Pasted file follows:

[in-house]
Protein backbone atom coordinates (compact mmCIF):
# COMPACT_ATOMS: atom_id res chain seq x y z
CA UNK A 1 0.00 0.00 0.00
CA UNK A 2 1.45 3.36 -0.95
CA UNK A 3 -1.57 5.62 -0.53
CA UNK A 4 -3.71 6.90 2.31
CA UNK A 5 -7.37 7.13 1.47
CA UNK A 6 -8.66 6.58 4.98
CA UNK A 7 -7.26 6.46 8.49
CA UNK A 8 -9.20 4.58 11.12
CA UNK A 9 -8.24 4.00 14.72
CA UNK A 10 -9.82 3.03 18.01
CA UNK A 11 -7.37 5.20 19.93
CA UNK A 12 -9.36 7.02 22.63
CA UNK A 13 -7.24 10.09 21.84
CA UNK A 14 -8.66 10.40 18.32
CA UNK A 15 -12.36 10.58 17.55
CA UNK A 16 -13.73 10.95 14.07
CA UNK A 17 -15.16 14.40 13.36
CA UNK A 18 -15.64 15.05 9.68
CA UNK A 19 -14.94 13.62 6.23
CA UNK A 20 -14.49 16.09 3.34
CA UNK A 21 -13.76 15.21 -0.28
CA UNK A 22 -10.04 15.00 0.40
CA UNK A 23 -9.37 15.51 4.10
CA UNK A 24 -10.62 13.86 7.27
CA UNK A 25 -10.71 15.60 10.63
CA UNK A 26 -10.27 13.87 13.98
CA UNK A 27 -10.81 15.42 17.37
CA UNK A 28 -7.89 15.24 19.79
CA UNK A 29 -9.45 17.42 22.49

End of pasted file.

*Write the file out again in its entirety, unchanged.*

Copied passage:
[in-house]
Protein backbone atom coordinates (compact mmCIF):
# COMPACT_ATOMS: atom_id res chain seq x y z
CA UNK A 1 0.00 0.00 0.00
CA UNK A 2 1.45 3.36 -0.95
CA UNK A 3 -1.57 5.62 -0.53
CA UNK A 4 -3.71 6.90 2.31
CA UNK A 5 -7.37 7.13 1.47
CA UNK A 6 -8.66 6.58 4.98
CA UNK A 7 -7.26 6.46 8.49
CA UNK A 8 -9.20 4.58 11.12
CA UNK A 9 -8.24 4.00 14.72
CA UNK A 10 -9.82 3.03 18.01
CA UNK A 11 -7.37 5.20 19.93
CA UNK A 12 -9.36 7.02 22.63
CA UNK A 13 -7.24 10.09 21.84
CA UNK A 14 -8.66 10.40 18.32
CA UNK A 15 -12.36 10.58 17.55
CA UNK A 16 -13.73 10.95 14.07
CA UNK A 17 -15.16 14.40 13.36
CA UNK A 18 -15.64 15.05 9.68
CA UNK A 19 -14.94 13.62 6.23
CA UNK A 20 -14.49 16.09 3.34
CA UNK A 21 -13.76 15.21 -0.28
CA UNK A 22 -10.04 15.00 0.40
CA UNK A 23 -9.37 15.51 4.10
CA UNK A 24 -10.62 13.86 7.27
CA UNK A 25 -10.71 15.60 10.63
CA UNK A 26 -10.27 13.87 13.98
CA UNK A 27 -10.81 15.42 17.37
CA UNK A 28 -7.89 15.24 19.79
CA UNK A 29 -9.45 17.42 22.49